Major industrialized countries around the world and several U.S. states are currently designing, or considering designing, policy instruments to reduce greenhouse gas (GHG) emissions. Proposed policy instruments for GHG emissions almost always include targets for the transportation sector, which is unsurprising given that the sector already comprises about 1/3 of U.S. GHG emissions and this share is growing. GHG emissions reduction from the transportation sector would significantly affect the design and materials use of passenger cars and light trucks. However, we currently lack analytical tools and models for decision-makers to understand a priori the impacts of policy proposals on materials flows.
The overarching goal of this MUSES project is therefore to produce modeling tools and methods that can be used to analyze changes in materials flows that would result from policy instruments aimed at reducing GHG emissions from passenger cars and light trucks. We will achieve this goal by building and validating a set of linked models that account for producer and consumer behavioral responses to GHG reduction policies, and integrating these forecasted market responses into a novel framework for predictive life cycle and material flow analyses (LCA/MFA). Our major tasks will be: 1) to model vehicle design options and materials use for their costs and performance; 2) to evaluate the market penetration of these options by modeling their performance in the context of market-based and regulatory policy instruments, producer objectives, and consumer preferences; and, 3) to evaluate the consequences of market responses on global materials flows and life cycle emissions.
The outcome for society of this project will be the integration of these tasks into a metasystems model serving as the engine for a decision-making tool called CAPA: the Computational Automotive Policy Analysis framework. CAPA is a cyberinfrastructure for linking models of producer objectives, costs, vehicle design performance, and consumer preference together with LCA/MFA models. To focus the research scope, we will apply CAPA to reveal relationships between proposed GHG policies and the flows of key materials demanded by hybrid-electric powertrains and lightweighting strategies (e.g., Ni, Al, and steel).
The proposed research represents a new interface between engineering design, applied economics, social research, public policy, and sustainable development. The scientific impact will derive from the formulation of techniques, methods, and models in each of these disciplines that will help us understand the relationships between technology policy, technology adoption, and unintended environmental and materials flows consequences. Scientific impact will also arise from how these tasks are holistically integrated into an interdisciplinary meta-system. The intellectual merit of this proposal is derived in part from 1) the development of a game theoretic meta-systems model of the automotive industry, 2) mathematical analysis methods to understand the relationships between market interventions and (Nash) equilibrium engineering designs, 3) the application of optimal control theory methods in the design of public policy instruments; and 4) the development of predictive and dynamic life cycle assessment and materials flows analysis methods.
The broader impact of this proposal is derived in part from CAPA, which will allow analysts to optimize technology and policy decisions with respect to costs, market acceptance, materials flows, and environmental impacts. The economic approach to predictive LCA/MFA and the concept of utilizing control theory for environmental policy optimization are also powerful and novel ideas with a strong potential for broader impact beyond this proposal. Although our project focuses on U.S. transportation markets, the models will reflect global materials flows, and the methodologies that we develop will be applicable globally and have global significance. To facilitate the global diffusion of these methods, and to provide an international perspective on this research, we have established an International Review Panel.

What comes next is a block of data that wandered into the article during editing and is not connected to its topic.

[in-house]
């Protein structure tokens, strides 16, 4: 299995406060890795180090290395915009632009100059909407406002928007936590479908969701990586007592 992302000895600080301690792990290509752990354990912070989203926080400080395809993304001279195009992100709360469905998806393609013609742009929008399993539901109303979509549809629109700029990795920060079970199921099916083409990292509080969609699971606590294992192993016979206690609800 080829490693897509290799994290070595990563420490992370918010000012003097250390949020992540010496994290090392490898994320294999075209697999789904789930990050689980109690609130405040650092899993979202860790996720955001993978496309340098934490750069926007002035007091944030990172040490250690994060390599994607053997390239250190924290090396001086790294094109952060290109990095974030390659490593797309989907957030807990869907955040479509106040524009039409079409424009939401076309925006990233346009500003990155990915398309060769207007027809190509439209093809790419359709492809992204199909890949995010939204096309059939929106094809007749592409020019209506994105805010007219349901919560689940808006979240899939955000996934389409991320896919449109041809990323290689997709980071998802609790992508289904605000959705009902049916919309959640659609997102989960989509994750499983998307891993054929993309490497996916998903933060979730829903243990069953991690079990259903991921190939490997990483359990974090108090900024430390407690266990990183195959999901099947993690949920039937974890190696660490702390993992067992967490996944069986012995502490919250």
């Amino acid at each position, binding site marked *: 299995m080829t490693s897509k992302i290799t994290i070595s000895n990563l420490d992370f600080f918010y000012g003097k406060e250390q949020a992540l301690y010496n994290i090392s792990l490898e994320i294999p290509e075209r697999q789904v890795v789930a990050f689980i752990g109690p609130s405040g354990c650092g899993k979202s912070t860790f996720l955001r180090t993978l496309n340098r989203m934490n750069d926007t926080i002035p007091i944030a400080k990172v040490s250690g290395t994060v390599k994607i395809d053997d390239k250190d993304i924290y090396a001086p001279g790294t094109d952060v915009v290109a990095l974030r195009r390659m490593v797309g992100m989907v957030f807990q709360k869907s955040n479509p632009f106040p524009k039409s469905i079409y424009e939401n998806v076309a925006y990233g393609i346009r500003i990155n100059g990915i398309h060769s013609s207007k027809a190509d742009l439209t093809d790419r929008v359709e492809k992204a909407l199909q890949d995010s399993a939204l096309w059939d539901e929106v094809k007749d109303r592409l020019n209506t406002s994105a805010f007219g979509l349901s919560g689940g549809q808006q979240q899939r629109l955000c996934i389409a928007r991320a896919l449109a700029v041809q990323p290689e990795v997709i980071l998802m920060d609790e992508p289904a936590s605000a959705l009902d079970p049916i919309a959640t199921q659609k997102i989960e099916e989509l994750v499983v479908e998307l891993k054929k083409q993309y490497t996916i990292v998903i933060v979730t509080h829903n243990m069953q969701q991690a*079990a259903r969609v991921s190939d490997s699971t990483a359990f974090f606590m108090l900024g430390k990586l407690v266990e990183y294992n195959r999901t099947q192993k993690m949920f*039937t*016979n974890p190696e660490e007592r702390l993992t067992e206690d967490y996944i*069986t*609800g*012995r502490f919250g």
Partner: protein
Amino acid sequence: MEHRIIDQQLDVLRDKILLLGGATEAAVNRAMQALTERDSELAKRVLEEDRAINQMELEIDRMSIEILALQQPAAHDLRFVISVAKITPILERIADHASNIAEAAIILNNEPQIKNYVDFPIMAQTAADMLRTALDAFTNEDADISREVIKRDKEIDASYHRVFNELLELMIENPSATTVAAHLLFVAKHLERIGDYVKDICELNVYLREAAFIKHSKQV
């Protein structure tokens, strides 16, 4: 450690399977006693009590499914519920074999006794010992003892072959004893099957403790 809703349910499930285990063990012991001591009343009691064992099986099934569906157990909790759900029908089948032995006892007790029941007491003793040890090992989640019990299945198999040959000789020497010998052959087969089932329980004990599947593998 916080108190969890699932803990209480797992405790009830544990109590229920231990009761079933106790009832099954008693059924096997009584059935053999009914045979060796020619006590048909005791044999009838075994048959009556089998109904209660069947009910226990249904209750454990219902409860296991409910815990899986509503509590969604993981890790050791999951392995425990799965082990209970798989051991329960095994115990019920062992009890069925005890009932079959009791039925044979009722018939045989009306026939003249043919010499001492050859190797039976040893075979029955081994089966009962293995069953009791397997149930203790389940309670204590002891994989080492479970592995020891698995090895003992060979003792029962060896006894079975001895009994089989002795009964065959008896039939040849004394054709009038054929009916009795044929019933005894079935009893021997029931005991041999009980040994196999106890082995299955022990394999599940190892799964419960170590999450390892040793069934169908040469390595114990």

The educational impact of this proposal will be significant through the integration of this project with undergraduate and graduate courses and curricula. We will propose a supplemental REU with international components and the project will be a cornerstone to facilitate the launch of new graduate degree programs at RIT and UM. In addition, we include an educational component aimed at deaf and hard-of-hearing students. The research team is tightly integrated and contains nine investigators with diverse and synergistic backgrounds. The team representing The University of Michigan, Rochester Institute of Technology, The University of California at Berkeley, and Northeastern University has been working together for 12 months with the support of a MUSES Planning Grant. The team will receive regular feedback from an External Advisory Board of 12 automotive, policy, and materials experts representing government, NGOs, and industry.
- An Assessment of Two Environmental and Economic Benefits of ‘Cash for Clunkers’
- Consequential Life Cycle Assessment With Market-Driven Design
- Evaluation of the Metals Industry’s Position on Recycling and its Implications for Environmental Emissions
- Life Cycle Environmental and Economic Impacts of ‘Cash for Clunkers’
- Life Cycle Greenhouse Gas Emissions Embodied in the Production Trade and Consumption of Primary Aluminum Ingot from 1990-2005
- Modeling Temporal Aluminum Material Flows and Greenhouse Gas Emissions to Evaluate Metals Recycling Allocation in Life Cycle Assessment
- Not all Primary Aluminum is Created Equal: Life Cycle Greenhouse Gas Emissions from 1990 to 2005
- Quantifying U.S. Aluminum In-Use Stocks and Their Relationship with Economic Output
- The Impact of 'Cash for Clunkers” on Greenhouse Gas Emissions: A Life Cycle Perspective